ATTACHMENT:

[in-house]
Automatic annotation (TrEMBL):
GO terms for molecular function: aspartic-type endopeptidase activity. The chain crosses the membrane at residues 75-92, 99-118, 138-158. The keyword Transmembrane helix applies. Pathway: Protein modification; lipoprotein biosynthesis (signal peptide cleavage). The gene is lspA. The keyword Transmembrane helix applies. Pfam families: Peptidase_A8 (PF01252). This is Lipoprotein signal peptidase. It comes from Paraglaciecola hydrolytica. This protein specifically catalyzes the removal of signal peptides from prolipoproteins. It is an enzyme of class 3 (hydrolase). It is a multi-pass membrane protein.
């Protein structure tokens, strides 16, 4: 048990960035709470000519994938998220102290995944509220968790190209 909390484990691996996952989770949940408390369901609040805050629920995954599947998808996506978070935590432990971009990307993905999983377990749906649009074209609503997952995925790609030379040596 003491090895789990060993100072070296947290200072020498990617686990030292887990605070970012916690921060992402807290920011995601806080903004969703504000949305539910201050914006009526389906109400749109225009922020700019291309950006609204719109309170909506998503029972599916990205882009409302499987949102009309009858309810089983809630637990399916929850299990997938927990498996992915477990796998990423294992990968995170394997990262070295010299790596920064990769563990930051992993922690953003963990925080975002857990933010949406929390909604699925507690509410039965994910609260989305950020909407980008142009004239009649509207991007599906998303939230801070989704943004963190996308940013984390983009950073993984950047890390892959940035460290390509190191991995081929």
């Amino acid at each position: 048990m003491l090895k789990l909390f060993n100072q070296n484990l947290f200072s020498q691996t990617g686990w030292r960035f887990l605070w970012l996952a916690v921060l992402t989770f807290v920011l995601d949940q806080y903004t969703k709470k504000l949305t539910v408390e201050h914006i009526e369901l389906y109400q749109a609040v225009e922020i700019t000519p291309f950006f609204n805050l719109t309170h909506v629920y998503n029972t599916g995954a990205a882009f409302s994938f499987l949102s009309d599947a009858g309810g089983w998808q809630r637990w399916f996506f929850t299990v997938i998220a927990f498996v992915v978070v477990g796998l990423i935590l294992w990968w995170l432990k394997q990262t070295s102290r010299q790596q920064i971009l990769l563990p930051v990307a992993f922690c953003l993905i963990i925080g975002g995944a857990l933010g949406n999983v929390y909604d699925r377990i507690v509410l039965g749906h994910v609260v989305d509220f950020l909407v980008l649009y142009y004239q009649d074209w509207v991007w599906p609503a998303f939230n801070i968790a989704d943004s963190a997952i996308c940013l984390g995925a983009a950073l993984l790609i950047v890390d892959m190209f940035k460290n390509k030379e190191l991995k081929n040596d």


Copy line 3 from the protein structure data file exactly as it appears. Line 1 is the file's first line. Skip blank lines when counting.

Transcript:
GO terms for molecular function: aspartic-type endopeptidase activity. The chain crosses the membrane at residues 75-92, 99-118, 138-158. The keyword Transmembrane helix applies. Pathway: Protein modification; lipoprotein biosynthesis (signal peptide cleavage). The gene is lspA. The keyword Transmembrane helix applies. Pfam families: Peptidase_A8 (PF01252). This is Lipoprotein signal peptidase. It comes from Paraglaciecola hydrolytica. This protein specifically catalyzes the removal of signal peptides from prolipoproteins. It is an enzyme of class 3 (hydrolase). It is a multi-pass membrane protein.